The tripling of US arms sales abroad to a record $66.3 billion is an accurate barometer of the accelerating drive to war in the Persian Gulf and on a world scale. This one violently surging sector of American exports reflects a diseased capitalist economy and society, whose financial-corporate elite resorts to militarism as a means of offsetting the overall economic decline of the United States: here.

7 thoughts on “United States support for dictatorship in Egypt

  1. 1) Tahrir activist and film maker Amal Ramsis in Assisi
    2) Enhanced programme Anti-imperialist Camp Assisi
    3) Booking & prices Assisi
    4) Rome declaration of the Syrian Democratic Opposition


    1) Tahrir activist and film maker Amal Ramsis in Assisi
    Projection of the award-winning documentary film ?Forbidden?

    Amal Ramsis is a well-known revolutionary film director from Egypt and at the same time
    an activist of the Tahrir movement. She has been involved in the new opposition movement
    starting in the late 90s which paved the long way for the fall of Mubarak. Amal Ramsis is
    something like a messenger of the young left revolutionary milieu of Egypt which has been
    driving the situation. She has been vocal for women?s rights.



    2) Updated programme of the Anti-imperialist Camp
    August 23-26, 2012, Assisi, Italy



    3) Booking & prices Assisi


    4) For a political, not a military solution
    Rome declaration of the Syrian Democratic Opposition

    Syria is experiencing the most dramatic crisis in its history. The option for a military
    solution, which does not take into account the revolt?s calls for the freedom and dignity
    of the Syrian people, has led to the spread of violence, the loss of too many human lives
    and generalized destruction.



  2. Egyptian pilots in sit-in for civilian minister of civil aviation

    Since Tuesday up to 200 pilots have being staging a sit-in in front of the Cairo headquarters of the Civil Aviation Syndicate. They are calling for the appointment of a “non-military, technocratic minister of civil aviation” who is not associated with the former regime of ousted president Hosni Mubarak.

    The current Minister of Civil Aviation, Hussein Massoud, is a former officer in the air force and the current chairman and chief executive officer of Egypt Air.

    Mubarak’s last aviation minister was the former commander of the Egyptian Air Force, Ahmed Shafiq.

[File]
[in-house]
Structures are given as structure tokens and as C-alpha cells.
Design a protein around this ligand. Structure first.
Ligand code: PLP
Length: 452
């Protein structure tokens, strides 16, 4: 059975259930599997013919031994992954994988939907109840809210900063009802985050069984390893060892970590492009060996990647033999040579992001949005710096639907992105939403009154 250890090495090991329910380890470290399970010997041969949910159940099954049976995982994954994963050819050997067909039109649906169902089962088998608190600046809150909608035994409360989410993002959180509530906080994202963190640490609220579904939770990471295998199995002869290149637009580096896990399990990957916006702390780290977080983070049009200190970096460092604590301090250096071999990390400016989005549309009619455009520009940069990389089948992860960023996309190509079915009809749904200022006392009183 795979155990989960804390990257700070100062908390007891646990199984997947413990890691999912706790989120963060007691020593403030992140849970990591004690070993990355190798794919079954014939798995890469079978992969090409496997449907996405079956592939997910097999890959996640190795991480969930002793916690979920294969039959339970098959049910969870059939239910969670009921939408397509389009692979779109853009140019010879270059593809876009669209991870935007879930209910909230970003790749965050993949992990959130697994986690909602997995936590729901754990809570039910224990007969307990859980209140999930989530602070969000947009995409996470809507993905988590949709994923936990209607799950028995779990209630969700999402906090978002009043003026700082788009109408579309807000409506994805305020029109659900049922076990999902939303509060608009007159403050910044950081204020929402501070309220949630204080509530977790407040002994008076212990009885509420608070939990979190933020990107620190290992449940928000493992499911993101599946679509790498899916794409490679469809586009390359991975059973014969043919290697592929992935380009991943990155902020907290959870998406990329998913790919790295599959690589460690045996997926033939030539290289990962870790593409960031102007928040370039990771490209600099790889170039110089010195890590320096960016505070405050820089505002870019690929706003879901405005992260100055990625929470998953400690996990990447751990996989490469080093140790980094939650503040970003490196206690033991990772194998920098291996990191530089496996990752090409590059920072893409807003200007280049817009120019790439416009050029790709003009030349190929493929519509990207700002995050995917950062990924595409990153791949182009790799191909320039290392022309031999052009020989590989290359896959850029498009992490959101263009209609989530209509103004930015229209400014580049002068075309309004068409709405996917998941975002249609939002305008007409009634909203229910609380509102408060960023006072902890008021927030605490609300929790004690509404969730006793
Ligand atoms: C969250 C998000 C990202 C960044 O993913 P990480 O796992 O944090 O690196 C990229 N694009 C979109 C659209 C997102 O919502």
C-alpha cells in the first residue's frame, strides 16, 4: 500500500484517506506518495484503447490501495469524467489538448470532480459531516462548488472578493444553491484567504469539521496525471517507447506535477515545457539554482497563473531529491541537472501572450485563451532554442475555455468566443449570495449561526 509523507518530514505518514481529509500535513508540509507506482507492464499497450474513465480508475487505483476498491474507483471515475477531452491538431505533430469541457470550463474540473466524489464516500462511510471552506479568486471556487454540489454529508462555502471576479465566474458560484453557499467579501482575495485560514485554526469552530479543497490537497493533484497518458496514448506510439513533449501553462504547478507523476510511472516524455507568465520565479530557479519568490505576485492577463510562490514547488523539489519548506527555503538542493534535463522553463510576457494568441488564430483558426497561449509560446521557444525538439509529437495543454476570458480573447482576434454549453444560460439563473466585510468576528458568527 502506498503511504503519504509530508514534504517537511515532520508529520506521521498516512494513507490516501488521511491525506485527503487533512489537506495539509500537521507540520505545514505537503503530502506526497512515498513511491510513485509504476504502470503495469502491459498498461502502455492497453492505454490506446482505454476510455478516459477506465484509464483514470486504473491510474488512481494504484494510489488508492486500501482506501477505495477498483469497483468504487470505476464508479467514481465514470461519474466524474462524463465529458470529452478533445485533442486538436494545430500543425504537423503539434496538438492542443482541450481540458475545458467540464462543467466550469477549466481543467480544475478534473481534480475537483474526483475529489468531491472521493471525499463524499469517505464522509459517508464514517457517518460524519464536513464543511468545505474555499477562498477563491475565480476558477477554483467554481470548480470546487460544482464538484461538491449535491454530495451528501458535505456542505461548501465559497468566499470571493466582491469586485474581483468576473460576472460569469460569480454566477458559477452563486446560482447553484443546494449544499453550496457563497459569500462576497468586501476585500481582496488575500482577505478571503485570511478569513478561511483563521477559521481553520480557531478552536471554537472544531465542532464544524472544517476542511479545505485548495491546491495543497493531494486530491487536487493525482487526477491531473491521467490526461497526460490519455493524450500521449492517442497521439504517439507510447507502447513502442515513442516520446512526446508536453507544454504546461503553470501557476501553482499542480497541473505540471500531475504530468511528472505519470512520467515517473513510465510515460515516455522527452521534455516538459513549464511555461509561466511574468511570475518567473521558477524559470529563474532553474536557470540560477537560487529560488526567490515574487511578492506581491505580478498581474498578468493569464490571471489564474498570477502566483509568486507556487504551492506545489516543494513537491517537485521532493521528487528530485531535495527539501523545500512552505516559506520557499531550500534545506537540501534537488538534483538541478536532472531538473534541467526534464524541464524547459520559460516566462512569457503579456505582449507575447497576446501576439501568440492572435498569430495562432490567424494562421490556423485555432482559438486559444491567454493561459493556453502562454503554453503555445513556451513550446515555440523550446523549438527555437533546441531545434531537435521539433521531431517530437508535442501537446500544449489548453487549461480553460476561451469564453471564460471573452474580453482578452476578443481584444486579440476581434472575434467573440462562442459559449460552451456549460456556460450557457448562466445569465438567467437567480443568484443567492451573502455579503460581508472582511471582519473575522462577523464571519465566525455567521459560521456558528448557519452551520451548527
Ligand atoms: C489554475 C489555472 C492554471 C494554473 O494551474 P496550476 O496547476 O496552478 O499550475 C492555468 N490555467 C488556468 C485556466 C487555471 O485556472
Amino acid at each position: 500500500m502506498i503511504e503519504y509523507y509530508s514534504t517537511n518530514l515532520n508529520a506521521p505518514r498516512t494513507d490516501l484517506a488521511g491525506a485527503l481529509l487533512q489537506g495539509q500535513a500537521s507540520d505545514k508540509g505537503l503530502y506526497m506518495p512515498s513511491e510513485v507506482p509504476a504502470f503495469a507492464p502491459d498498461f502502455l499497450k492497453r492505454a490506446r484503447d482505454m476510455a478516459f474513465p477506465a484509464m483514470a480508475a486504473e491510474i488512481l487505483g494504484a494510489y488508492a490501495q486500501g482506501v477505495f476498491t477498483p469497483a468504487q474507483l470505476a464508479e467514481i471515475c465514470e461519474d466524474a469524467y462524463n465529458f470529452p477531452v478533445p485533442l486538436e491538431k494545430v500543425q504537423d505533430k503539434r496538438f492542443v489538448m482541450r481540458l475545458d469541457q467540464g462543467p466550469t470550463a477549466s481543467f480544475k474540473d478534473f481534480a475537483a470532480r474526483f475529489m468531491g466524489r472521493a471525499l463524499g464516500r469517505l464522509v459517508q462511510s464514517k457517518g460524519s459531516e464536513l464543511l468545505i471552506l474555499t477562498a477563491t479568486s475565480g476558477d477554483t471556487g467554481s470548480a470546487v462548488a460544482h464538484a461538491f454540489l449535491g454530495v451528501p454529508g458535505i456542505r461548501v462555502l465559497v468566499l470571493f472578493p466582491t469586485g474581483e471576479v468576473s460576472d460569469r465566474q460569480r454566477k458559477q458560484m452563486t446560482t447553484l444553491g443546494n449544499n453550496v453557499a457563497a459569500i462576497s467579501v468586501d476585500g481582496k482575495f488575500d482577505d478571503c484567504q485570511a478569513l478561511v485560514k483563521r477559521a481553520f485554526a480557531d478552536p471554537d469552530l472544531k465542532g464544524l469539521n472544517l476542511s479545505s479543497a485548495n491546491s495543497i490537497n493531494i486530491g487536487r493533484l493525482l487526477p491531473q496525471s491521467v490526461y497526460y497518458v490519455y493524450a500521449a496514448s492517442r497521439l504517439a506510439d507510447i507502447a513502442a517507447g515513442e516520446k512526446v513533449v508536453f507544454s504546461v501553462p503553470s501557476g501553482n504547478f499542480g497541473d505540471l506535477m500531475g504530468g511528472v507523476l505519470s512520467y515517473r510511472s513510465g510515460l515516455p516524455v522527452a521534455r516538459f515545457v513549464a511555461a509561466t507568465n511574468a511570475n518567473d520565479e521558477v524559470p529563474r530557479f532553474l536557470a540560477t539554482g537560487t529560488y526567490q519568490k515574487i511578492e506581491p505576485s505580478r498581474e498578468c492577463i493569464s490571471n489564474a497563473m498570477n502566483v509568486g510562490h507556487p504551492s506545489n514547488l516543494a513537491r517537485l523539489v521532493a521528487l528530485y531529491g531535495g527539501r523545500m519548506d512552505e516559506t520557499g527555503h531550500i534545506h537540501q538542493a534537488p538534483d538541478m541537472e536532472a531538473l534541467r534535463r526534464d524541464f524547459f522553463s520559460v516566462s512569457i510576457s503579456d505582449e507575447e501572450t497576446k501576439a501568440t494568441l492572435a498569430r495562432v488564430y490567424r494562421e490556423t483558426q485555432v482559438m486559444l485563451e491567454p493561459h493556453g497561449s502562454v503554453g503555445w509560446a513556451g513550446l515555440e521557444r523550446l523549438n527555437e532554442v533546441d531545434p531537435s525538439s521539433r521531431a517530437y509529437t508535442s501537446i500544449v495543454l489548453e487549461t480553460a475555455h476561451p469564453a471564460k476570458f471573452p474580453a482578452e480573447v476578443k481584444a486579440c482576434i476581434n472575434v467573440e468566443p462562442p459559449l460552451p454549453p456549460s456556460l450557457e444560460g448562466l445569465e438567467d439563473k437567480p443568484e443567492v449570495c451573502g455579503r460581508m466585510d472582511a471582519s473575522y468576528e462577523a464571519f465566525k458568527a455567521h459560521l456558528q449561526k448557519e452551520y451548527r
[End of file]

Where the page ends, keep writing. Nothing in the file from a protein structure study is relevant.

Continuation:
3. Protest fails to fill column inches

    EGYPT: Several journalists left their columns blank in daily papers today to protest against the appointments of 50 new editors for state-owned publications.

    Many of the newly appointed editors are known for their Islamist views.

    Instead of normal pieces, the columnists wrote short notes denouncing the Muslim Brotherhood’s attempt to control the press.



  4. Egyptian journalists in partial strike over press freedom

    Journalists called for a partial strike last week, demanding that the upper house of parliament relinquish ownership of newspapers.

    Egypt named 50 new editors for state-owned newspapers on August 8, raising concerns among journalists of Islamizing the press.

    Among the editors named was Abdel-Nasser Salama, appointed chief editor of Al Ahram, Egypt’s oldest paper. Salama was suspended from writing a column in 2010 for what were deemed inflammatory articles against Christians.



  5. Pingback: Will Egyptian junta free dictator Mubarak? | Dear Kitty. Some blog

  6. Pingback: Egyptian dictator Hosni Mubarak dies | Dear Kitty. Some blog

Leave a Reply

Fill in your details below or click an icon to log in:

WordPress.com Logo

You are commenting using your WordPress.com account. Log Out /  Change )

Twitter picture

You are commenting using your Twitter account. Log Out /  Change )

Facebook photo

You are commenting using your Facebook account. Log Out /  Change )

Connecting to %s

This site uses Akismet to reduce spam. Learn how your comment data is processed.